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Dr. E. Calvin Beisner is a founder and national spokesman for the Cornwall
Alliance for the Stewardship of Creation. After studying at the
Why does the Bible speak so much of doing justice for the poor? Scripture forbids partiality either in favor of or against the poor (Ex 23:3, 6; Lev 19:15). Yet, it also frequently associates help for the poor with justice (Ps 72:2, 4; 82:3; 140:12; Pr 29:14; 31:9). Why? Because the poor are particularly vulnerable to injustice in ways others aren't… Many Hebrew words translated "poor" often emphasize not material destitution but vulnerability to oppression... We should administer justice for rich and poor alike… but focus on justice for the poor because they are so often victims of injustice… We are to exercise charity, or grace, toward them simply because they are poor.
While justice, then, is never partial to the poor (Ex 23:3), it recognizes that the poor are often vulnerable to injustice. Justice is therefore particularly apt to come to their aid in vindication, justification, or salvation from oppressors (see also Ps 140:12; Pr 29:7, 14; 31:9; Ecc 5:8; Is 3:14; 10:2; 11:4; 32:7; Jer 5:28; 22:16; Eze 18:17; Amos 5:12).
But aren't we supposed to help the poor? Does this make it wrong to try to mitigate inequalities? No. It only makes it wrong to try to do so through force of government. Voluntary efforts are good and do no injustice. The reason for this distinction is that what is voluntary is a matter of grace (charity), not of justice. The Bible clearly teaches that we should "remember the poor" (Gal 2:10) and share with those who are in need (Dt 15:7--11; Eph 4:28).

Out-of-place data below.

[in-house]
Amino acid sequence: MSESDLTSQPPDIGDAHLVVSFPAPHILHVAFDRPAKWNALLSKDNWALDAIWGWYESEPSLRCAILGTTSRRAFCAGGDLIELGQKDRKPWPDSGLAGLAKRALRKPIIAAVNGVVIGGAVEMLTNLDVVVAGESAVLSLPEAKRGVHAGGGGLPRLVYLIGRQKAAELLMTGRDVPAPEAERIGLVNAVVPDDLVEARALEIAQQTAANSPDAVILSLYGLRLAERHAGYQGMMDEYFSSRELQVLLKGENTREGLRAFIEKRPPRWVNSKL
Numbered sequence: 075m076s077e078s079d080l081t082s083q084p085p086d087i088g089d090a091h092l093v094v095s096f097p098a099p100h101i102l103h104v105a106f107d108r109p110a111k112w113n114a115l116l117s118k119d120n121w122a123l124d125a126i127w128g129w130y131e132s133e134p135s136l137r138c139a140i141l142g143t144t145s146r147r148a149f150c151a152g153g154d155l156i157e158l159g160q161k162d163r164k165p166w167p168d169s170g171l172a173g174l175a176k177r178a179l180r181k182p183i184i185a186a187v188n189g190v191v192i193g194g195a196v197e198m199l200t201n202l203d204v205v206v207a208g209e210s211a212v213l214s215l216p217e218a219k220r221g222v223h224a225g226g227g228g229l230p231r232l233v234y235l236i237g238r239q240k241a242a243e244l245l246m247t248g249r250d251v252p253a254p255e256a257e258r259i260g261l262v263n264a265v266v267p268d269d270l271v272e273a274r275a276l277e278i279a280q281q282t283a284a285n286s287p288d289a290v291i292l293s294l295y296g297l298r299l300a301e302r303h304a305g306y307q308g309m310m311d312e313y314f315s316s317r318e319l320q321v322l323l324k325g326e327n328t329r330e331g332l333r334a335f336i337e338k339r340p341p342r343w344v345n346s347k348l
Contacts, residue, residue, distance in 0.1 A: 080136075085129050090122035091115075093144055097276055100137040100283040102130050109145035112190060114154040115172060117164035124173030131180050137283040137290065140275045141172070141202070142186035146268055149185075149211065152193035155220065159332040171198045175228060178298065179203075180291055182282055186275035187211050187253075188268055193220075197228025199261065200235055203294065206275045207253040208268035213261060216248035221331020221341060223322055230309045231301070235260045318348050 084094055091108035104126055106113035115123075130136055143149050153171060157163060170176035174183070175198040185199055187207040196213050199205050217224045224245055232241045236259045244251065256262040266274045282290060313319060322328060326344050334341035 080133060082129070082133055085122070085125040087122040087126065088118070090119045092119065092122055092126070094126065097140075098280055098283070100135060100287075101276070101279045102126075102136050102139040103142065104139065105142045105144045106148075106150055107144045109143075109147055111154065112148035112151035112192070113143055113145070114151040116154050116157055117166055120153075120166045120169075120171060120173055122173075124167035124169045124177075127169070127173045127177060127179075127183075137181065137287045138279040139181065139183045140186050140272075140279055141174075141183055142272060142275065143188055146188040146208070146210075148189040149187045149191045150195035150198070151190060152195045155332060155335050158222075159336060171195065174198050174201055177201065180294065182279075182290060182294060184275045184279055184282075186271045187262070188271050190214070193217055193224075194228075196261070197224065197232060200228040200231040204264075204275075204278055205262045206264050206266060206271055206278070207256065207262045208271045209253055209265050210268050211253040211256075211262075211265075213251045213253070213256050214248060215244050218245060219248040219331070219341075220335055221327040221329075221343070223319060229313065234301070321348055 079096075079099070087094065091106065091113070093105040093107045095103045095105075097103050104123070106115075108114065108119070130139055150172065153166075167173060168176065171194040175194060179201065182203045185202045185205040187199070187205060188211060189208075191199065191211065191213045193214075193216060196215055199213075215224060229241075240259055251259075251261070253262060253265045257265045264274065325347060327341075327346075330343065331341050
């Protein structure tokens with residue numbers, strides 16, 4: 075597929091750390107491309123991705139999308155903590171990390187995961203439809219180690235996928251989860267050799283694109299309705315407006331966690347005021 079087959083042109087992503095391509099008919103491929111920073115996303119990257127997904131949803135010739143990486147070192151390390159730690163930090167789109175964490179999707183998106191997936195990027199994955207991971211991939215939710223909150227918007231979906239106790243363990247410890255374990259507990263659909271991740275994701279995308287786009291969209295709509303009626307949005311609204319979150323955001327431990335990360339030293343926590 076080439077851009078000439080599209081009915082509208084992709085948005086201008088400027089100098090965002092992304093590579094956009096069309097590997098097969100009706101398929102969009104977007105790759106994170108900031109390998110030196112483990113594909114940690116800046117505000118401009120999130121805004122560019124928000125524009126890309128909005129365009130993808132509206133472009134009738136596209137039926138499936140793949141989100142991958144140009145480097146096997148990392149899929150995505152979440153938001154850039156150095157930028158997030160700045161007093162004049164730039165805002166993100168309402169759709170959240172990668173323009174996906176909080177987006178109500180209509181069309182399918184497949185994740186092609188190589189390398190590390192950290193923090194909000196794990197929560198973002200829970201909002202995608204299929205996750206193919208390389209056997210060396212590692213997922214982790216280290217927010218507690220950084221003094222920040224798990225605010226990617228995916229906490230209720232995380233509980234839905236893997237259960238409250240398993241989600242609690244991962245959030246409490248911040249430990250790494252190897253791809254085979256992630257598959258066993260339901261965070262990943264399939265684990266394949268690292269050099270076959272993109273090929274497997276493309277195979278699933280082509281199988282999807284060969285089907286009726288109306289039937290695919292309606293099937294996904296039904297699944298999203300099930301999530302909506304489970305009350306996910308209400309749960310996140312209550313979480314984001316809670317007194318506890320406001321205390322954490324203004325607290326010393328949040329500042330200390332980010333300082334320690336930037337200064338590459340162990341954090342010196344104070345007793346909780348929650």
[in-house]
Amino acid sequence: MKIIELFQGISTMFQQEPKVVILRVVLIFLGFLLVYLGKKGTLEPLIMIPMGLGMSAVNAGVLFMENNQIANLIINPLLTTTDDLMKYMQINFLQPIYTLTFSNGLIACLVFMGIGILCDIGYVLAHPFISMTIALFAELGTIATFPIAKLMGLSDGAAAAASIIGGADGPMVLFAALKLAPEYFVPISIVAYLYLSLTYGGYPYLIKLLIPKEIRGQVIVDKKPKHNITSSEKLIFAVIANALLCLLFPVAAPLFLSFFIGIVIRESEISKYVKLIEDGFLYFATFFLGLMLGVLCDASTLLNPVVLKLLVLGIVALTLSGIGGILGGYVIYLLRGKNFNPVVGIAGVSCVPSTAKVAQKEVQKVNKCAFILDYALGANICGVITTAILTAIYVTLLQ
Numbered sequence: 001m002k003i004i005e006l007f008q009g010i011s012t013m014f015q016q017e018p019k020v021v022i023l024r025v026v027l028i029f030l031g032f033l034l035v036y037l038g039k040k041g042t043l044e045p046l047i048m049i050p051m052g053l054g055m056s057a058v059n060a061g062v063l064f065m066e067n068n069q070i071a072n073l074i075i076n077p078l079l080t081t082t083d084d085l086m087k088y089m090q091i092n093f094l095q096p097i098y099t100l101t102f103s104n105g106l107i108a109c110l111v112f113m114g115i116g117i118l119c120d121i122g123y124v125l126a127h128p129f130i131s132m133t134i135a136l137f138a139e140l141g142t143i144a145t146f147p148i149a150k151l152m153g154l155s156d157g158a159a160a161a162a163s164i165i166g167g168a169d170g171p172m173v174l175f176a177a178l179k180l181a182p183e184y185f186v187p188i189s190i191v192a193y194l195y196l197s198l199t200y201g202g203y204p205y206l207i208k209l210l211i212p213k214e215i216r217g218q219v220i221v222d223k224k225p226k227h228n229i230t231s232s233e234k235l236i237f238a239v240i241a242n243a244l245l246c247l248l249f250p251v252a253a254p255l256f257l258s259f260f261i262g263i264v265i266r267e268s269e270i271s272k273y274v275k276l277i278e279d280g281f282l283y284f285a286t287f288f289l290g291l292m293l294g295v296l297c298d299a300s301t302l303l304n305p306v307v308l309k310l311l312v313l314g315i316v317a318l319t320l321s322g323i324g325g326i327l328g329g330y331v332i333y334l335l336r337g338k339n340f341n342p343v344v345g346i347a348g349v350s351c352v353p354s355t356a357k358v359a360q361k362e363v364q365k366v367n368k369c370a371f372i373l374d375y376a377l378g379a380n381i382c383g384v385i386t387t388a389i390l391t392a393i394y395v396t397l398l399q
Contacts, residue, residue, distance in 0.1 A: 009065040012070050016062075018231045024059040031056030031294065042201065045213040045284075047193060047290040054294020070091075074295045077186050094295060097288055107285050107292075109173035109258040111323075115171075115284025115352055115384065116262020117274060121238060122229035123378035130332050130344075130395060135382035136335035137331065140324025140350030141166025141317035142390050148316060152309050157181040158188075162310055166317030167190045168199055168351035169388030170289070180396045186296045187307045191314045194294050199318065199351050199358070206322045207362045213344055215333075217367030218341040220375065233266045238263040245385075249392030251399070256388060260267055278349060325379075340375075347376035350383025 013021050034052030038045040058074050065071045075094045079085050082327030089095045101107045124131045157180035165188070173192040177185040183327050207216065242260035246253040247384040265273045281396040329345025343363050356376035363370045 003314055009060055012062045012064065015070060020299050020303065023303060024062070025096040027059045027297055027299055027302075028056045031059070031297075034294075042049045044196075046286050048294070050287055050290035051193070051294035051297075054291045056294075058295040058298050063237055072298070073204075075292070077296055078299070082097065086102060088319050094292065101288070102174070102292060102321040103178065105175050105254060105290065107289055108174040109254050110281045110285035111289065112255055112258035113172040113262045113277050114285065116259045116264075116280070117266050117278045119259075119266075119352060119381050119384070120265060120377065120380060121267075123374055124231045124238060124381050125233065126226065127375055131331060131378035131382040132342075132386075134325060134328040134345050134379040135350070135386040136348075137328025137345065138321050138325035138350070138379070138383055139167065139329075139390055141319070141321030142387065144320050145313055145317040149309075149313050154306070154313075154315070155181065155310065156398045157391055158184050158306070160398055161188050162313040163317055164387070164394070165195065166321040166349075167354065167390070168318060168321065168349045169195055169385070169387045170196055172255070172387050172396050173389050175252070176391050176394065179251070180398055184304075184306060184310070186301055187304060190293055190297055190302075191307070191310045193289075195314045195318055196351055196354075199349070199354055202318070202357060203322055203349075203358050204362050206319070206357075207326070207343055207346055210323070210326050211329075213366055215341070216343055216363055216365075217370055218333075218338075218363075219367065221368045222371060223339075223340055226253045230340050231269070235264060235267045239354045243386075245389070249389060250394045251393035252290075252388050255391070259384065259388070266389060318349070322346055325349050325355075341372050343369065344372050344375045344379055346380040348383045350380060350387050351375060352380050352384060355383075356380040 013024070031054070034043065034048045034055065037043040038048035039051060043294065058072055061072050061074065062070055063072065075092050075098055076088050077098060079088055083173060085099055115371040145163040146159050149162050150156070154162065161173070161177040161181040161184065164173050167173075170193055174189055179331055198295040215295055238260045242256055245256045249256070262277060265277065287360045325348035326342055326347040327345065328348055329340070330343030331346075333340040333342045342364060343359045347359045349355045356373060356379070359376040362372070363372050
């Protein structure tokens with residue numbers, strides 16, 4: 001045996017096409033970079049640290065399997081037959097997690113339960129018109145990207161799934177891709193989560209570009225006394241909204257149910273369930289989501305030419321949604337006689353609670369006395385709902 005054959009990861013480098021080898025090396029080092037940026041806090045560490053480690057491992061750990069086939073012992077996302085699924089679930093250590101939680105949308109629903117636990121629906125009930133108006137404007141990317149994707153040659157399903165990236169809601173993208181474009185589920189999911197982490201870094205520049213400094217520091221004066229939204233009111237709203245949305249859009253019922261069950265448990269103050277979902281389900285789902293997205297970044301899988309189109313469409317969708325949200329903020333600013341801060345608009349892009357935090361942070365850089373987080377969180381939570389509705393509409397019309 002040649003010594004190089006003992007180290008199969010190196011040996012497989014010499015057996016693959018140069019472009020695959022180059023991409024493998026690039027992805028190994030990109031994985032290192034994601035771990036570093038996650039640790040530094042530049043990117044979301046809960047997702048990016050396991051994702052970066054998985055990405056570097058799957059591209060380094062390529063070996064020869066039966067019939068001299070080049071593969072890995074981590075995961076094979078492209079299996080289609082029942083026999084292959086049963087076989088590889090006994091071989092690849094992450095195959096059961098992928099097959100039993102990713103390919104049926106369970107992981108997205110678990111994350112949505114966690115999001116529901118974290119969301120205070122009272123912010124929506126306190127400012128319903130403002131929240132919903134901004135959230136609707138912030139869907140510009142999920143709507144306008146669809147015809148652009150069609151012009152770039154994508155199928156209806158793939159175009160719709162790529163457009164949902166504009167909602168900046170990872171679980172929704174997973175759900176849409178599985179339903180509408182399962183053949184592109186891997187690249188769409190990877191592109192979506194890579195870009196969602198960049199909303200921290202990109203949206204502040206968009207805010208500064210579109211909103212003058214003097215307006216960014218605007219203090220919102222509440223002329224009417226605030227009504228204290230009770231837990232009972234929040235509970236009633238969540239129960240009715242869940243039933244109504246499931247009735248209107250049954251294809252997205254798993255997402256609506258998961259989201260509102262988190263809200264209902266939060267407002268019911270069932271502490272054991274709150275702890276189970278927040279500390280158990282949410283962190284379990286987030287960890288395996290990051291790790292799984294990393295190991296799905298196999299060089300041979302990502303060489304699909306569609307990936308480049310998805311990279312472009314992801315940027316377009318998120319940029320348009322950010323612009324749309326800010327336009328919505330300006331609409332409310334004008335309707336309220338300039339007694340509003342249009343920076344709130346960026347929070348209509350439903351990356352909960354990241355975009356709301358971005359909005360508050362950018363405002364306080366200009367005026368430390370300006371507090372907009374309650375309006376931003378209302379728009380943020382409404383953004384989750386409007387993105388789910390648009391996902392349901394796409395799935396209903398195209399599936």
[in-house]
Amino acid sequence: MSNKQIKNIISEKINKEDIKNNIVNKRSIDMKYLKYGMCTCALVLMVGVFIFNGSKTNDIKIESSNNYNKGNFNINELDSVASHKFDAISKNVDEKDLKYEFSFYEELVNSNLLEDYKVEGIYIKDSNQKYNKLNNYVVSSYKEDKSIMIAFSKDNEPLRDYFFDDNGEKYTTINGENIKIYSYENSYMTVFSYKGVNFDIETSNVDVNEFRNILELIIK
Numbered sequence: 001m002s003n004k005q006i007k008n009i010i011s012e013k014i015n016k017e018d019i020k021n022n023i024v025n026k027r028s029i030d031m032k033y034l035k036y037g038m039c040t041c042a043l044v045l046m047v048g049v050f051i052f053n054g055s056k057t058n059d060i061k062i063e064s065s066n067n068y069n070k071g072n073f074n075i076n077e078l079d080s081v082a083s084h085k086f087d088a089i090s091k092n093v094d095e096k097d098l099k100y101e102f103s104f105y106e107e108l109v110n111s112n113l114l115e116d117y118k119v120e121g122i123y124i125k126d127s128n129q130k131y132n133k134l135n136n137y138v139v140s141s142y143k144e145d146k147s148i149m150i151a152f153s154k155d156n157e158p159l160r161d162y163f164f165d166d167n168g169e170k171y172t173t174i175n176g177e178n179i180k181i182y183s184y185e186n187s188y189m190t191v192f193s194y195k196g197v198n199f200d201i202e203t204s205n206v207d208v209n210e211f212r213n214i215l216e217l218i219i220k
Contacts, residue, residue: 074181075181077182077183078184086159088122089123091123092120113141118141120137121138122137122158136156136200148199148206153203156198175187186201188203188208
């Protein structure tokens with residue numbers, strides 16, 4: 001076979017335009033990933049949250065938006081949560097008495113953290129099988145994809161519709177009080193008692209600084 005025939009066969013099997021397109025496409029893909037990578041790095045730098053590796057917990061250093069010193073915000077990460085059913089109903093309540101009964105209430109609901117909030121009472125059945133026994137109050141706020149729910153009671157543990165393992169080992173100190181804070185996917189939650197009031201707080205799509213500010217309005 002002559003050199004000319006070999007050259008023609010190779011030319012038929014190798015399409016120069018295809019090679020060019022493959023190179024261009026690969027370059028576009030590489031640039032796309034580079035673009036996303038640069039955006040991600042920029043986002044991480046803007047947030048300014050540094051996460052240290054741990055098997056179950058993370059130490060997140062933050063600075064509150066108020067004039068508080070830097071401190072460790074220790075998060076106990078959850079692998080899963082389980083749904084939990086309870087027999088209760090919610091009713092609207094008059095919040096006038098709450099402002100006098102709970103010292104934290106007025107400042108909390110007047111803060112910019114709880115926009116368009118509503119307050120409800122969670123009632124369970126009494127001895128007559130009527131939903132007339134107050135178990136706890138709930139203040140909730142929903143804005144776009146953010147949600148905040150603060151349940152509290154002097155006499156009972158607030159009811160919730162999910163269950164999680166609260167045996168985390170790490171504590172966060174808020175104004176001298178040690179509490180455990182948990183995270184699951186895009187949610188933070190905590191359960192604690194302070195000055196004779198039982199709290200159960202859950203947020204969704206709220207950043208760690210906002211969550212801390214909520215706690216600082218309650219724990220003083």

But what the Bible never does is put responsibility for charity into the hands of the civil government. While it prescribes civil penalties for murder, adultery, theft, and false witness, it never hints at civil penalties for failure to give to the poor. Why? Because God ordained the state to dispense justice, and the church to dispense grace (Jn 1:17)… Granting unearned benefits… is not justice. When the state—the legal monopoly of force—gives benefits to some as "rights," it must take them, by force if necessary, from others. Such a forceful removal violates their rights.
This distinction is fundamental to the gospel. Blurring it undermines the gospel. If care for the needy is made a matter of justice, then grace becomes law. Then, the needy—or those who merely profess to be needy—may claim the benefits of grace as their due justice. They look to the state for enforcement… leading to stultifying effects of wealth redistribution via the coercive power of the state. It blinds the poor to their deepest need: the grace of God through the gospel of Jesus Christ.
When God commands justice, we are to do justice, and the state is to enforce it. When He commands grace, we are to exercise grace. But it is precisely because grace is not justice, and because God ordained the state to enforce justice, but never to enforce grace. Indeed, "forced grace"—the real meaning of Progressive "social justice"—is a contradiction in terms. (See Beisner, Social Justice: How Good Intentions Undermine Justice and Gospel; Download free at FRC; read Rob Schwarzwalder's introductory Blog).
Rev. Pierre Bynum